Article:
Front and Centre: Concussion in AFL remains a critical issue

Veteran player agent Peter Jess says concussion remains "the biggest cover up in sports history", as former AFL players Sam Blease and Matt Maguire this week won compensation payouts for career-ending head knocks.

Jess says the average AFL player could be irreversibly damaged from the common head knocks players receive every season, claiming the AFL still "has its head in the sand" when it comes to diagnosing brain injuries.

"A group of authorities like the AIS (Australian Institute of Sport) have come out and said that there is no science to prove that there is any long-term damage from repetitive concussion," Jess told ESPN. "We're actually being dragged back to the dark ages. It's the biggest cover up in sports history."

The player agent claimed that: "Approximately 90 per cent of players will have functional damage after one season."

Blease and Maguire were this week awarded hundreds of thousands of dollars after their careers were cut short from successive head knocks and concussions. (Blease played 34 games for Melbourne and Geelong before having to retire in 2015 due to the effects of head knocks; Maguire played 170 games with St Kilda and Brisbane before retiring mid-way through last season.)

The pair were initially denied payouts by the AFL, but following protracted negotiations, their cases were heard and eventually resolved by the AFL's grievance tribunal.

"They've (Blease and Maguire) changed the paradigm. Whilst he [Blease] hasn't been compensated in full, he's had a significant compensation on the basis that they now recognise you can have a career ending from an accumulation of concussions," Jess told ESPN.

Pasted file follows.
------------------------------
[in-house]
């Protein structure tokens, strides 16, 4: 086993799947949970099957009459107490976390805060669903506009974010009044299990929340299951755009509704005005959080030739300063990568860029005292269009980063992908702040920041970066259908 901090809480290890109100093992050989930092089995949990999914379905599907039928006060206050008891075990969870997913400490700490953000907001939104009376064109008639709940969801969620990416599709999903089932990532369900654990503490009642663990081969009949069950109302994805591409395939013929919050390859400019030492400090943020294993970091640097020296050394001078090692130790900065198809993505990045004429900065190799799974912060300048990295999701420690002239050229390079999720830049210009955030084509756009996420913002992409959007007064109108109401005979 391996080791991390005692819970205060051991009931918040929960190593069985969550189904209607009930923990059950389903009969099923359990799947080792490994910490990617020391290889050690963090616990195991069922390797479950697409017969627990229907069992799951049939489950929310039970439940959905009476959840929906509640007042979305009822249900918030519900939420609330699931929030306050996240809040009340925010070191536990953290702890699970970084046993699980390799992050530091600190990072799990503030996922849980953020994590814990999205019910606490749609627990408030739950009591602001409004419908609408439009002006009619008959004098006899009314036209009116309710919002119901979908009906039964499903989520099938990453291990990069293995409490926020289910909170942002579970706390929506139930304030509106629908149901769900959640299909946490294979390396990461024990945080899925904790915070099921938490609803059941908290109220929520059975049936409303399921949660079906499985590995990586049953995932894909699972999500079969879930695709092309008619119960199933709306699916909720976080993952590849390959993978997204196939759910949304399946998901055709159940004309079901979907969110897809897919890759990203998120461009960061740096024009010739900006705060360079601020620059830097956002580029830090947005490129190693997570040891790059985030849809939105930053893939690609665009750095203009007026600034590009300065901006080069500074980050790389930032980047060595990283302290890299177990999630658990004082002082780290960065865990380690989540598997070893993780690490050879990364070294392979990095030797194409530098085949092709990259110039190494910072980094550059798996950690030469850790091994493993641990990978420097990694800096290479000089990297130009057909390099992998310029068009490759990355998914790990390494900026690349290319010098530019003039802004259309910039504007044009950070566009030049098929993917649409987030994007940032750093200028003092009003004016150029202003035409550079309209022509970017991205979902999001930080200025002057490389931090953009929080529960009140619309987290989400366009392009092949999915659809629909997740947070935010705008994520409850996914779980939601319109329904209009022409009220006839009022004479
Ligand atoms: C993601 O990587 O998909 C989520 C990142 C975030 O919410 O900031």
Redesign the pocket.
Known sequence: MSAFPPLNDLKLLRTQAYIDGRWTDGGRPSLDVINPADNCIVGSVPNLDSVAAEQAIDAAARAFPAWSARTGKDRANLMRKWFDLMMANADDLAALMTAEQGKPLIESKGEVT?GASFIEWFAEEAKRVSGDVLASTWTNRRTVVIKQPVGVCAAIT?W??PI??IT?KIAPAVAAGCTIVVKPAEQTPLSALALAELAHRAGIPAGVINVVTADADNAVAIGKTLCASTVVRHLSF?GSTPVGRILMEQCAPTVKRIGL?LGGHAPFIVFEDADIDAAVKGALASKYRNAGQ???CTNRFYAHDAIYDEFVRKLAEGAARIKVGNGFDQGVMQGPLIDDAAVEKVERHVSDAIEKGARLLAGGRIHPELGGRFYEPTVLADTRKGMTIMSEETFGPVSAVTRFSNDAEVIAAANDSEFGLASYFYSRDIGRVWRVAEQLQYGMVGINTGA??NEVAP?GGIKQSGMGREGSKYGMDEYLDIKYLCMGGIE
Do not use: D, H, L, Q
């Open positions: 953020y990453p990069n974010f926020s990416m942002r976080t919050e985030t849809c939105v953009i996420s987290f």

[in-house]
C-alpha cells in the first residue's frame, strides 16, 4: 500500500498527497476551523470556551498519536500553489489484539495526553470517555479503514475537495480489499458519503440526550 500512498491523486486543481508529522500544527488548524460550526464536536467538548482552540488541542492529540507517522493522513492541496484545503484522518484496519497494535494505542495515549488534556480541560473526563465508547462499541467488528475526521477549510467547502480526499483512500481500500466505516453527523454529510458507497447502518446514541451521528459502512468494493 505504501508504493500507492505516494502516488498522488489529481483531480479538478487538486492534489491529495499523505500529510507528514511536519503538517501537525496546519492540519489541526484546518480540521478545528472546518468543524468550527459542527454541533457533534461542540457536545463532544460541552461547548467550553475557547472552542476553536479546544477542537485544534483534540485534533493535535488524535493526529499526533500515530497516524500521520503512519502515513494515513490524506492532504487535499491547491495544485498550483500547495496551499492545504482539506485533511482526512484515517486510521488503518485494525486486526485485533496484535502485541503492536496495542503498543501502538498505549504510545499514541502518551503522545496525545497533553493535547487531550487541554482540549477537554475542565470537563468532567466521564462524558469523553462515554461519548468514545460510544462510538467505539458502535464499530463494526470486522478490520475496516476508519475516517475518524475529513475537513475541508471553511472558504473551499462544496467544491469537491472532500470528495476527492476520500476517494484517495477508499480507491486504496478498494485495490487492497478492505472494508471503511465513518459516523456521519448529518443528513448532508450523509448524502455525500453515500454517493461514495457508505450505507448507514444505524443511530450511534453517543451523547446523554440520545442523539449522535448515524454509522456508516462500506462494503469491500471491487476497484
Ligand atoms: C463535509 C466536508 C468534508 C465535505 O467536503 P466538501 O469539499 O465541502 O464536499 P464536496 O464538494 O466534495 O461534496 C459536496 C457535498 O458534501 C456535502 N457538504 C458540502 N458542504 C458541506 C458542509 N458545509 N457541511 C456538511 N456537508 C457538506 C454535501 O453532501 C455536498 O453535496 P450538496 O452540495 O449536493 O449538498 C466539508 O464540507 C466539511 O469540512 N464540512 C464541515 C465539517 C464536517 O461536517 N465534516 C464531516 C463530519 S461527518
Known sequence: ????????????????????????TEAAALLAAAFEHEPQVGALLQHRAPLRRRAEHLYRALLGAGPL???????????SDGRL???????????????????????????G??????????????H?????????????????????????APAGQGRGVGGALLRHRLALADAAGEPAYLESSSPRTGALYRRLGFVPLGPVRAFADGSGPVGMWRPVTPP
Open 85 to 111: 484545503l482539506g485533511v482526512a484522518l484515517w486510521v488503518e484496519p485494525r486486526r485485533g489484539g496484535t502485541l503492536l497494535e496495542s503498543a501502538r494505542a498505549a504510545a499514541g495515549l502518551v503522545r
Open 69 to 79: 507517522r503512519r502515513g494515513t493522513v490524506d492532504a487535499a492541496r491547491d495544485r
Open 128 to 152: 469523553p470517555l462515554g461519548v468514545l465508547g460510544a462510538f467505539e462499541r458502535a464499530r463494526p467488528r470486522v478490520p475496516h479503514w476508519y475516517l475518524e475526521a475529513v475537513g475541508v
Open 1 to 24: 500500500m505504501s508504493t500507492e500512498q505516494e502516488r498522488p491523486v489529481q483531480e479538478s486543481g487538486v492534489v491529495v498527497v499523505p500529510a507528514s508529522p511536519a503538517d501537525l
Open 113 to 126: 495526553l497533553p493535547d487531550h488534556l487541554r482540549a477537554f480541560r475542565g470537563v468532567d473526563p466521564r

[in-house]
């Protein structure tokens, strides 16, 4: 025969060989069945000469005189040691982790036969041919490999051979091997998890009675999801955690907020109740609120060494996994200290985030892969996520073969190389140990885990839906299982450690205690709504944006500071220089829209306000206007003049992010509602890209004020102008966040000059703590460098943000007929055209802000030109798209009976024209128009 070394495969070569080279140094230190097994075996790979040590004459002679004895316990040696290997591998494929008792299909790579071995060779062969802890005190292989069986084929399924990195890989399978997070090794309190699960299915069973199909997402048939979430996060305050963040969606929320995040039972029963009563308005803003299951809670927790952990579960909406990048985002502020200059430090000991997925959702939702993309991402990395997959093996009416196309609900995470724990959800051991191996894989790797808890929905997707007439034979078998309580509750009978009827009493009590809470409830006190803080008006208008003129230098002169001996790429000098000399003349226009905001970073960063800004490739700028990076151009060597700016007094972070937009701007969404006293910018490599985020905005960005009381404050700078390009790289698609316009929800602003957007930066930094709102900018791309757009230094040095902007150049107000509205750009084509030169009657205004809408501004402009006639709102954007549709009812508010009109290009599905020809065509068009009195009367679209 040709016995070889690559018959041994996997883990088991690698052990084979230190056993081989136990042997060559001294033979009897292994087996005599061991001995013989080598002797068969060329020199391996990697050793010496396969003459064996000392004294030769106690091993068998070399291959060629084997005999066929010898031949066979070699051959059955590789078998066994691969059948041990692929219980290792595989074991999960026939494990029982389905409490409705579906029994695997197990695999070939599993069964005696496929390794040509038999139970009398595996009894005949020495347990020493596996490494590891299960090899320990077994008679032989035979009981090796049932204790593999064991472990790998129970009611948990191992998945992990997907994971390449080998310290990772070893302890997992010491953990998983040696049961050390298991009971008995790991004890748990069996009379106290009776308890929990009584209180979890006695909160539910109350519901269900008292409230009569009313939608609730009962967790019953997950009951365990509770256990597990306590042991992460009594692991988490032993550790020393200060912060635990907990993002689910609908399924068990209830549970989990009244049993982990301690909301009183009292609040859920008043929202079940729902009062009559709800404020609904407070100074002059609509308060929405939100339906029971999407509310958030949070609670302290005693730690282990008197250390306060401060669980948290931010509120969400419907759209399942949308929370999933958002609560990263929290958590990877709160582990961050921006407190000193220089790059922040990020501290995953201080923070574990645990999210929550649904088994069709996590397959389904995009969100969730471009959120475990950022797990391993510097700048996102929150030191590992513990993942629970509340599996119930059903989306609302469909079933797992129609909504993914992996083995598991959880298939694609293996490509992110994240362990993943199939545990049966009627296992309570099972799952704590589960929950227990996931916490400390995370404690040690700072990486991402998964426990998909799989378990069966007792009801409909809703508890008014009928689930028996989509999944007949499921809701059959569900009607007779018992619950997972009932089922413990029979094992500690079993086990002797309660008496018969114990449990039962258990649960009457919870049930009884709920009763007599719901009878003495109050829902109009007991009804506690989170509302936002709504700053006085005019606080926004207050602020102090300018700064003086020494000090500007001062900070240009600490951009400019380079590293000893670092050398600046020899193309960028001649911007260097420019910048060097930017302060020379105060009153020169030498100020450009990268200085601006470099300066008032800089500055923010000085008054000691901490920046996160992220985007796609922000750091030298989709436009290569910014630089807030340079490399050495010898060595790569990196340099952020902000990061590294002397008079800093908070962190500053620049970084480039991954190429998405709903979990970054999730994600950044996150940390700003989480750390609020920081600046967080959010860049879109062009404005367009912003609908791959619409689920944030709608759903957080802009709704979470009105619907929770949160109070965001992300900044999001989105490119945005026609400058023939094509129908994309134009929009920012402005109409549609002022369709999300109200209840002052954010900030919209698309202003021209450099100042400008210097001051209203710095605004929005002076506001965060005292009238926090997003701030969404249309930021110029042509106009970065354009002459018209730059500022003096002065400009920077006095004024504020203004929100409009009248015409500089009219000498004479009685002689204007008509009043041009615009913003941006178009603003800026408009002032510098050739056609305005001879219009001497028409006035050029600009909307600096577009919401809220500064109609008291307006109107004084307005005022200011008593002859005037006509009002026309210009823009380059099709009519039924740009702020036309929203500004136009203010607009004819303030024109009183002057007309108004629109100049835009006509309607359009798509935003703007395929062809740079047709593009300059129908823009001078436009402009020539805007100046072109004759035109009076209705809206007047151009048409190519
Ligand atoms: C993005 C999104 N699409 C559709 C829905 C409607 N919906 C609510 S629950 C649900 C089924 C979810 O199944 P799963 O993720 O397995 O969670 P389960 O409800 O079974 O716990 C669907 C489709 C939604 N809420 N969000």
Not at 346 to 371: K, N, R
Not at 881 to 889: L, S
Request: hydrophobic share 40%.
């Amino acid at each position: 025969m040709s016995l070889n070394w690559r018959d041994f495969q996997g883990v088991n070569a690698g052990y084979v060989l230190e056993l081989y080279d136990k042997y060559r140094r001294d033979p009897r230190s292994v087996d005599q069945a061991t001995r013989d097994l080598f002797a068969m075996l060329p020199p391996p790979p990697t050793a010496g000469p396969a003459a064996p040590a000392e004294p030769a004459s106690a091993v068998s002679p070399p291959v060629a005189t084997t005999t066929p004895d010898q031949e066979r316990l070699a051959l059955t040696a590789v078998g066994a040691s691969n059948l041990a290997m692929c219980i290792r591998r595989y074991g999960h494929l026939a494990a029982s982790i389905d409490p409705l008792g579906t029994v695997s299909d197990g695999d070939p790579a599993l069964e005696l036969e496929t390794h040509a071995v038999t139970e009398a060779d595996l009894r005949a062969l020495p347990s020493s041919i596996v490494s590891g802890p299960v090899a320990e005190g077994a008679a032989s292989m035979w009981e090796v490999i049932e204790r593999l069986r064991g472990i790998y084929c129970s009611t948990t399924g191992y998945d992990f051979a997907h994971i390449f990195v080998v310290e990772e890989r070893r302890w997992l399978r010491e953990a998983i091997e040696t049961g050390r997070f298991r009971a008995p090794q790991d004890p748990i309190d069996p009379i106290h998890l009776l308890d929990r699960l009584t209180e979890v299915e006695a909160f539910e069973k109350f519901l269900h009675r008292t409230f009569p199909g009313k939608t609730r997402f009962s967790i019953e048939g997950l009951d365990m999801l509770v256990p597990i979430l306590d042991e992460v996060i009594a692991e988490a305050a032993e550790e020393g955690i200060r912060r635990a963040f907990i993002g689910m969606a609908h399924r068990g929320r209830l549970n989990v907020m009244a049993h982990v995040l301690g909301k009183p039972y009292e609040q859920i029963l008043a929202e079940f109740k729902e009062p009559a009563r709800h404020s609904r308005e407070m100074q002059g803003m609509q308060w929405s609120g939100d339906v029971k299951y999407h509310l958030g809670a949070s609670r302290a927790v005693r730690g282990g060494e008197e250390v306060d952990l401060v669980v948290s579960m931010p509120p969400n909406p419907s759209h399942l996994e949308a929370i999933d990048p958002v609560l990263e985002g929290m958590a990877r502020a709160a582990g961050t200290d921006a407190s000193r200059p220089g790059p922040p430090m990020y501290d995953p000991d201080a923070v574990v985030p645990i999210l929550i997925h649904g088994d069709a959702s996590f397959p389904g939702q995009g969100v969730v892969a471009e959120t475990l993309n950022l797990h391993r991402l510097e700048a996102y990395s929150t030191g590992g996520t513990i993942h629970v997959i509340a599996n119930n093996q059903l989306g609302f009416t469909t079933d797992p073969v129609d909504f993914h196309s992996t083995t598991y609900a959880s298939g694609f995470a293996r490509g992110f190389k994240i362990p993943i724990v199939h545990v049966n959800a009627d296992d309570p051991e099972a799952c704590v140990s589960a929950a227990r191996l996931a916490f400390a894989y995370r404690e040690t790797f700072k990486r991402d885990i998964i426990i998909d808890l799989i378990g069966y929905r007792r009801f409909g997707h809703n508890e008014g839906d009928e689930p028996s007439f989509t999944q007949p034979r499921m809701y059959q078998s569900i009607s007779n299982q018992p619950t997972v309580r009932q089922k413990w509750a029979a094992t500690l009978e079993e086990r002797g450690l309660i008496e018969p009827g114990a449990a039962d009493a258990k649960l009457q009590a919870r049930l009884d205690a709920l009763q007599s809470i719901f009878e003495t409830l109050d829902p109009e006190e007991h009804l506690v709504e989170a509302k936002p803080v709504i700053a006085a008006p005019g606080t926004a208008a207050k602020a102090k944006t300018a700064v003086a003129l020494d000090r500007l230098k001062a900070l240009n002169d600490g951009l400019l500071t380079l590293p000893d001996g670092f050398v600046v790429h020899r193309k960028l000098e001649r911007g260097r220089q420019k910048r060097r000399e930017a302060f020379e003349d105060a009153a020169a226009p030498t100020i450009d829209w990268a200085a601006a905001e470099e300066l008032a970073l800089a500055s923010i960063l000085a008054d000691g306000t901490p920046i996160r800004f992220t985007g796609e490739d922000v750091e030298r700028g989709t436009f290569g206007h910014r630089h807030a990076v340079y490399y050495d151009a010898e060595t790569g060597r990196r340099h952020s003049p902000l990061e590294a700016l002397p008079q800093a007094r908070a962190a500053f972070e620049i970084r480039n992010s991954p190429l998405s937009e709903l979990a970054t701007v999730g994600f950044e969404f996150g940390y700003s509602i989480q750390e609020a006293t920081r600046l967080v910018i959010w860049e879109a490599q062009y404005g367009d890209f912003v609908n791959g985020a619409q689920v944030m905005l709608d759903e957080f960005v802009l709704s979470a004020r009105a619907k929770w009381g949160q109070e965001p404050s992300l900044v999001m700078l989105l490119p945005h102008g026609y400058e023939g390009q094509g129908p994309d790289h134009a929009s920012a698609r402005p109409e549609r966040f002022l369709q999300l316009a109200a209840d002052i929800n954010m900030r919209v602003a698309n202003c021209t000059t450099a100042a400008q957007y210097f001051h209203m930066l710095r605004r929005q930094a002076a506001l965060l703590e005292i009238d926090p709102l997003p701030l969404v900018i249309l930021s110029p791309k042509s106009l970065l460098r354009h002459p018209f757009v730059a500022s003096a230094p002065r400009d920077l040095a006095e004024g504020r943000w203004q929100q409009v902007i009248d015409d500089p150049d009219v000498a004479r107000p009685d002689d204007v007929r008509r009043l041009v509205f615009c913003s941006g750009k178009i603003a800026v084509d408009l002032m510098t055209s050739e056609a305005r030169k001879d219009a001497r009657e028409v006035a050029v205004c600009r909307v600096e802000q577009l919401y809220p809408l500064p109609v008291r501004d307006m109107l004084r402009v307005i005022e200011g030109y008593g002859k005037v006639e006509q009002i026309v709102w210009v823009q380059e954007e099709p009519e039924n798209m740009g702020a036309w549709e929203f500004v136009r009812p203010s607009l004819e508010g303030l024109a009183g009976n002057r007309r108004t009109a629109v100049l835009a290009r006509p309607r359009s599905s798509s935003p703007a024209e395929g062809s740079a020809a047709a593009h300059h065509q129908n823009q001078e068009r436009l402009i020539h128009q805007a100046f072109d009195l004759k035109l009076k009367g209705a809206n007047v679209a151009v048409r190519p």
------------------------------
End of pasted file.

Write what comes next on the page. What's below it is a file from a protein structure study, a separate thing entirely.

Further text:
"They didn't have one catastrophic concussion, they had a series of sub-clinincal knocks, which meant that they weren't actually treated. Our biggest risk in the game at the moment is that we're not diagnosing sub-clinical concussion. If we're not diagnosing it, that means it's not being treated.

"Thankfully we've now recognised that accumulated head knocks can actually be career-ending."

Sling tackle penalty? Fair enough

Perhaps it's not surprising then that Jess, a long-time concussion campaigner, has applauded the AFL for its tough stance on the sling tackle.

North Melbourne's Jarrad Waite and St Kilda midfielder Koby Stevens were each handed one-week suspensions by the Match Review Panel this week for reckless tackles that injured their opponents.

Waite's heavy tackle on Adelaide's Tom Lynch concussed the Crows forward, who'll have to undergo a fitness test this week to determine if he's able to take the field.

"If someone is injured because of that, the appropriate penalty is the amount of time the injured person spends out of the game," Jess told ESPN.

Take a leaf out of FIFA's book

The AFL's latest entry into the gaming space, AFL Evolution, was launched last Friday and league officials will be hoping the game will have the same sort of effect on the AFL's popularity as the FIFA series did with soccer when it was first developed in 1993. Recognised now as a gaming phenomenon, the FIFA series did more to enhance the profile and popularity of soccer worldwide than any clever marketing campaign could ever hope to.

As any marketer will tell you, if in pro sports you haven't got a decent digital offering for teen gamers, you haven't got much going for you at all.

Which is why the AFL promoters and spruikers were so keen to develop an electronic game of their own: they felt the new generation of Australian gamers were growing up on an electronic diet of English Premier League and NBA - but not the indigenous code.

Which is how AFL Evolution came into being.